Teaching Tolerance: White Anti-Racism: Living the Legacy

by , under All categories, Enrique

Comment: Even if racism comes in different forms in different countries and regions, it’s the same thing. People who work against this social ill face similar problems irrespective if they are in Lieksa, Finland, or in Fresno, California. 

If, for example, we want to see what kind of a threat neo-Nazi groups pose for Finland, it would be good to turn our attention to Germany to see what they have done on this front. If we want to see what anti-immigration far-right parties have in store for us, we could look at the impact of parties like the Danish People’s Party.   

There has been dear little public debate in Finland about those who work with immigrants and try to empower minorities to stand up for their rights. Sometimes “well-intentioned” groups may do just the opposite and promote apathy, however. 

The Teaching Tolerance story below asked four women some of the most common mistakes “white anti-racist” activists make when working with ethnic minorities. 

These are some of the issues they brought up: 

  • Not acknowledging that they have power and privilege by the mere fact that they are white. 
  • The most common mistakes white activists make are 1) setting an agenda with the illusion of inclusion, and 2) having to have a franchise on comfort.
  • White anti-racists make a mistake when they shut out the poor and uneducated and keep in those “in the know” to decide what’s good for people of color.
  • “Getting it” is the biggest point, I feel. Getting it means many things: the ability for white activists to understand that they have a space and place of privilege. It really is up to white people to give up their privilege and be okay with that. 
  • I believe that white allies can “get it” if we define “getting it” as becoming attuned to the subtle effects of racial bias in everyday interactions and environments. We can “get it” if we recognize the systemic presence of racism and how race-based oppression is allowed to continue.  

Do we “get it” in Finland? 

Thank you @getgln for the heads up!

___________

What does “white anti-racist” mean? How can guilt get in the way? And what’s all this talk about being “colorblind”? Teaching Tolerance asked community activists to share their thoughts on these questions, and others. Their answers shine light on the concepts of comfort, power, privilege and identity.

Read whole story.

  1. Laputis

    Enrique, Finns however aren´t white Americans or Germans. You are all the time putting into one bag different things. Look at Finnish language alone, is it like any other European language (expect Estonian or Hungarian)? Finnish language is coming from Uralic language family tree, which is unrelated to Indo-European language family tree (containing English, German, Spanish, Swedish, Russian, Hindu and many other languages). Most of Uralic languages are spoken in Russia, not in European countries. I am almost sure, you haven´t ever heard about most of Uralic languages: Mordvian, Udmurt, Komi, Mansi, Hanti, Nenets, Nganasan and other languages. Many speakers of most of those languages aren´t pure “white”, many of them seem to be “Eurasian” mixes leaning to European or Asian side. The Finns too, might have a slight Asian admixture. It is even speculated, that Uralic languages have originated from Asia (although you shouldn´t take this hypothesis for 100% granted).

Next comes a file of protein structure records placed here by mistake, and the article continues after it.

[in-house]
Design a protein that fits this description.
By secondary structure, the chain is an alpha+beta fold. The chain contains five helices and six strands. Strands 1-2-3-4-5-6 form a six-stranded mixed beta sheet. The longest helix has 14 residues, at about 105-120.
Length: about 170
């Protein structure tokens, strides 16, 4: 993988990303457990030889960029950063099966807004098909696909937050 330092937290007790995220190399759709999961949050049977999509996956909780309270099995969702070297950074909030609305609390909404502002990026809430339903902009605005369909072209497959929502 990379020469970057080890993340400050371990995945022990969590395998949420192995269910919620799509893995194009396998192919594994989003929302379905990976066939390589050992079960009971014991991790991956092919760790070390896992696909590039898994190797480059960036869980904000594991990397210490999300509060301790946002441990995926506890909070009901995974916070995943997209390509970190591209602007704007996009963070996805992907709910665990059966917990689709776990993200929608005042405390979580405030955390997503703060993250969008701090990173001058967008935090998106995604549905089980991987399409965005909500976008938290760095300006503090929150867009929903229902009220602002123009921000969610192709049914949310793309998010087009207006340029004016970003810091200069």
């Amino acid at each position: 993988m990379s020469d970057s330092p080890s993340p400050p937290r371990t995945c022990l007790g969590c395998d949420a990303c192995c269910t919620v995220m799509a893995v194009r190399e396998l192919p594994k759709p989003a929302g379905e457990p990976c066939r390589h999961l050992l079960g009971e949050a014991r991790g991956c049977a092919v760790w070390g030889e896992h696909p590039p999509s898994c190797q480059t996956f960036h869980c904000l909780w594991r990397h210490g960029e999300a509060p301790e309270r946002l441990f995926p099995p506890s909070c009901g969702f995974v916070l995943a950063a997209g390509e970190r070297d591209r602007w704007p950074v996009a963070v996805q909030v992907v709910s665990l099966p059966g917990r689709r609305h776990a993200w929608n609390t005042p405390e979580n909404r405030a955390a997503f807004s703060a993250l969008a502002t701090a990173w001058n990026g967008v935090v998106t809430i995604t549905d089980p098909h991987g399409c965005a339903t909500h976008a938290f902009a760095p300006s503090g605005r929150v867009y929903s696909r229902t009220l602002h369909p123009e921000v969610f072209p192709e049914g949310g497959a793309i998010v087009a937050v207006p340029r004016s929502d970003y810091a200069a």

Uralic speakers are not only Finns, but also Nenets, look what the Nenets look like: http://foto.ravna.no/shopdisplayproducts.asp?id=156&cat=Nenets
    Another distant linguistic “relatives” to Finns are Selkups, here they are: http://foto.ravna.no/shopdisplayproducts.asp?id=157&cat=Selkup
    More closely related however, are Komi, and you can see them here: http://foto.ravna.no/shopdisplayproducts.asp?id=155&cat=Komi

    Why don´t you take a glance at Wikipedia about Uralic languages, which includes also Finnish language? http://en.wikipedia.org/wiki/Uralic_languages

    Besides language, also genetically Finns seem to have vague connections to at least some arctic Asians, like Nenets, Yakuts or Chukchi. For example, Finnish males often have Y haplogroup N1c, which is present in Nenets, Yakuts or Chukchi, but absent in England, Germany, and other European countries.
    Well, I must add, that Y haplogroup N1c is present also in Baltic and Northern Russian, and few other European (who are from Russia anyway) populations. But, as I said, this haplogroup is absent from the majority of European populations.

    Check out map of distribution of Y chromosomes: http://pastmist.files.wordpress.com/2009/02/_medium_y-haplogroups-1500ad-world-map.png

    Finns are “white” but with a twist. Finns have some kind “off-white” connections, which make Finns being “Aryan” or “pure white” unlikely to any western European neo-Nazi. Finns thus aren´t in same category as Germans or even white Americans.

    Finnish racism can be fought in a different way than German or American racism. It´s just enough to remind the Finns, that they have distant arctic Asian relatives, or that they themselves have a tiny amount of non-European admixture. I know that some Finns will get furious about it, but at least you have been tried to tell them truth.

    • Enrique

      Lapitus, I am not speaking of the Finns as if they were “white USAmericans or Germans.” They act, however, like these “white USAmericans and Germans” when they exclude and discriminate. Even an Argentinean “white European” can act like a “white USAmerican” if he or she discriminates and excludes, for example, Bolivians or Paraguayans.